Based on field work conducted in September 2014, this historic property retains its relationship to the streetscape, historic building form and a sufficient amount of exterior historic building fabric (design features, cladding and/or window sash/openings) to contribute to the distinct character of the Georgetown neighborhood. This is a partly altered historic property that may possess some limited architectural and/or historic significance. Constructed in 1925 as a one-story, 4-room family dwelling possibly for Mary Behmetz, who purchased the lot 5-26-1920. This side gable house exhibited modest Colonial/Craftsman design features indicative of this construction era. According to King County tax records it was originally clad with wide cedar siding, exhibited prominent gable end returns, a small front gable entry porch with prominent gable end returns ends, soffits at overhangs and three o/one window sash members. In 1959 cladding and porch alterations were made.
The original entry porch included distinctive grouped posts and has been only partly reconstructed to match the original.
This property is directly associated with an era between 1916 and 1942 when the character of the community began to be changed by social factors, the acceleration of industrialization and associated economic impacts. Due to the instigation of Prohibition in 1916, all breweries closed and brought an abrupt end to their dominance within local industry. Prohibition not only closed down the large local brewery operations but also Georgetown’s infamous roadhouses and saloons. The completion of the Duwamish Waterway in 1917 created additional cheap factory sites with efficient shipping facilities. The establishment of manufacturing businesses such as the Boeing Aircraft Company signaled the new economic direction for the geographic area. Due to the increasing introduction of industrialization within the community, in 1923 it was zoned exclusively for such uses; however, home owners and builders continued to construct new homes and local businesses throughout the era. Inexpensive land and depression era federal programs stimulated residential construction and by 1942 city planners were forced by the community to rezone the residential areas.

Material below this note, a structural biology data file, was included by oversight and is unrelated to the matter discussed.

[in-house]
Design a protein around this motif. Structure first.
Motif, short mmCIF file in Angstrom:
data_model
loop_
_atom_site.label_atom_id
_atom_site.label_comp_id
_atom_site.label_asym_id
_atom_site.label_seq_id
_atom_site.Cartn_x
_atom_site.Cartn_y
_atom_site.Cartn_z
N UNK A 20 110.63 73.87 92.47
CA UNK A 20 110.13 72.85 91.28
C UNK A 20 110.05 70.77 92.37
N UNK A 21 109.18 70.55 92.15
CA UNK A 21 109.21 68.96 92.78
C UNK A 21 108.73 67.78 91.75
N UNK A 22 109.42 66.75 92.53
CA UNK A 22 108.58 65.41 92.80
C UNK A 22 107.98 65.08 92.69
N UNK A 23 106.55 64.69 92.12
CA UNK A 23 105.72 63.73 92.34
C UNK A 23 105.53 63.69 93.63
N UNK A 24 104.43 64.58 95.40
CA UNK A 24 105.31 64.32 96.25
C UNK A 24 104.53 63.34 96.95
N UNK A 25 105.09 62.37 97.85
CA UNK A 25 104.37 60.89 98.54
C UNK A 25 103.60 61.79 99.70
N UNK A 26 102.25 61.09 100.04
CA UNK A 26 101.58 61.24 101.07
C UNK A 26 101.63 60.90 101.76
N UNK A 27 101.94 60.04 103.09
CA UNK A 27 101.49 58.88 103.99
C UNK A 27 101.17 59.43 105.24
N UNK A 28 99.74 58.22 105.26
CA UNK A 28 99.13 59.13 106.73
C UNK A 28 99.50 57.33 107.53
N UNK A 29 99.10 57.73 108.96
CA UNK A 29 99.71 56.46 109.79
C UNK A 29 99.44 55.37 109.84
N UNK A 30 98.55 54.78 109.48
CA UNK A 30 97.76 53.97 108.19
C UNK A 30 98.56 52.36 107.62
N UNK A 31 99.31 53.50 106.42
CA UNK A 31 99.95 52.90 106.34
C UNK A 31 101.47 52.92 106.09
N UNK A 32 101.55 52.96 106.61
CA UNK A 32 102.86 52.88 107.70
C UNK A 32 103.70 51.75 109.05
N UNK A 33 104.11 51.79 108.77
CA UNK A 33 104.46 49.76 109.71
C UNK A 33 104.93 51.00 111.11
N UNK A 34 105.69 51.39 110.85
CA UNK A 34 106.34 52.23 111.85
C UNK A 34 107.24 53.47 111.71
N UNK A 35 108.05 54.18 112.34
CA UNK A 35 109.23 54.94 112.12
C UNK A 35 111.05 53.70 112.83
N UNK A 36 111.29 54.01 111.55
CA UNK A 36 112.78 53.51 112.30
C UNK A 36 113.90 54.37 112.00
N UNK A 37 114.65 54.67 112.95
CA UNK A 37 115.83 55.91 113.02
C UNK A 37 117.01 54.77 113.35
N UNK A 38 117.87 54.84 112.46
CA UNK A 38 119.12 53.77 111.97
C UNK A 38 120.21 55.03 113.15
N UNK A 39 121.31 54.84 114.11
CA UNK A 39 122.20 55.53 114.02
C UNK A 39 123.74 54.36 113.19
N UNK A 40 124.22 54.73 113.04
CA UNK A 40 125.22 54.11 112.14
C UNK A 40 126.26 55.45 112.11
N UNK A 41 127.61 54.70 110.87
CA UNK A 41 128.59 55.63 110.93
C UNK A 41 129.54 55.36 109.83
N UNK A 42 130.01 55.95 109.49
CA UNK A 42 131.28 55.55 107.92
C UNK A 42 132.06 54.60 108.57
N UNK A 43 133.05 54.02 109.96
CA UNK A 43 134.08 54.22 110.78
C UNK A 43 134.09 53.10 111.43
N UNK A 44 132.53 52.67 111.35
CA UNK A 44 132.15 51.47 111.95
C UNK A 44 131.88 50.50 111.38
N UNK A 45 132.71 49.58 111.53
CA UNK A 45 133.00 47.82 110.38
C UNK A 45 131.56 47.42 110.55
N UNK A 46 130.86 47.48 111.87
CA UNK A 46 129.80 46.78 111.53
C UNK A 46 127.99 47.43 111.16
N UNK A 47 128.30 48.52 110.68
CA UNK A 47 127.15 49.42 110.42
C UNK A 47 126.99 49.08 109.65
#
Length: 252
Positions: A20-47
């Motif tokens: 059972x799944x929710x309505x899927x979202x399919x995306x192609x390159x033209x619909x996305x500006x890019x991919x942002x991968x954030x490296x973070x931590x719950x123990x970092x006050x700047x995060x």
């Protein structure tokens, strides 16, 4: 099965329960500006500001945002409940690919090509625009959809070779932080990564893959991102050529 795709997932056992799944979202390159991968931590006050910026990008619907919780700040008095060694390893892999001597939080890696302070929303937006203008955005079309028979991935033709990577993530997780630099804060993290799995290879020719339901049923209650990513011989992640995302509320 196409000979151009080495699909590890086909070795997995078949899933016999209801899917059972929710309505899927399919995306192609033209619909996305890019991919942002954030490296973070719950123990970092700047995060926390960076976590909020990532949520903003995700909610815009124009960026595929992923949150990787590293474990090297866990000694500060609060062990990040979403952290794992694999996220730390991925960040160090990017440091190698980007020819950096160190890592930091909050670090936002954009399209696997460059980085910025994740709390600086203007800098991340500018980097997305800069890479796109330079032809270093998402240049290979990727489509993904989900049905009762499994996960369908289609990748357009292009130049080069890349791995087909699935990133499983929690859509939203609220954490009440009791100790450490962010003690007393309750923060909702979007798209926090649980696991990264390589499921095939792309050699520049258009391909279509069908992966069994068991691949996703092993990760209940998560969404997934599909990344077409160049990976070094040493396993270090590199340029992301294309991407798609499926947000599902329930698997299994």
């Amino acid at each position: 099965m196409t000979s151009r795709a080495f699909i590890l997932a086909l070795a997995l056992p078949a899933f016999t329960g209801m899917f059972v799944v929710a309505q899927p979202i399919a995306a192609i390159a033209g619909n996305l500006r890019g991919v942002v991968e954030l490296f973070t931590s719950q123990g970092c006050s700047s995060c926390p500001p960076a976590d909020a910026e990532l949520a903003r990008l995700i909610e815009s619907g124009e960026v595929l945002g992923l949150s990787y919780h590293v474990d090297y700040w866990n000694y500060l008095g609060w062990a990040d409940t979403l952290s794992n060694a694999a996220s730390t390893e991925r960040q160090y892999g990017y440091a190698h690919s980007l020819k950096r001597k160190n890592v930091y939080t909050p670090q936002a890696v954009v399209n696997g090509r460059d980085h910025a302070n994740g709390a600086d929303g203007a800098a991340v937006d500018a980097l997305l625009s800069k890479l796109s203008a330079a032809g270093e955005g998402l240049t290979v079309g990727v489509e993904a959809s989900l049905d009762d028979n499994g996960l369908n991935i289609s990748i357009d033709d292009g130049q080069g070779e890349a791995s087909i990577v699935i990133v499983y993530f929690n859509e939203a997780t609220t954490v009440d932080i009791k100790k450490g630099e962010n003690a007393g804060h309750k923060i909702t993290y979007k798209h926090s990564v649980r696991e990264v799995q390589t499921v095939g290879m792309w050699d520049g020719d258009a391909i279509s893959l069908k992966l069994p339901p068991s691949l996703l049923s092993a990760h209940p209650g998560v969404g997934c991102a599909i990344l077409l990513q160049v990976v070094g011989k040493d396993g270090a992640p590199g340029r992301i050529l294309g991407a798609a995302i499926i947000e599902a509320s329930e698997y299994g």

Sources of Information:
Baist’s Real Estate Survey 1912, pl. 22 & 29
“Historic Property Survey Report: Georgetown (Seattle, WA)” City of Seattle 1997
KC Property Record Cards 1937-1972, Puget Sound Regional Archives
Sanborn Insurance Maps: 1904-05 (Vol.1 pl.89-98), 1917 (Vol.3 pl. 353-54 & 357-59), 1929-1949 (Vol.8 pl. 869-72 & 1301-1317).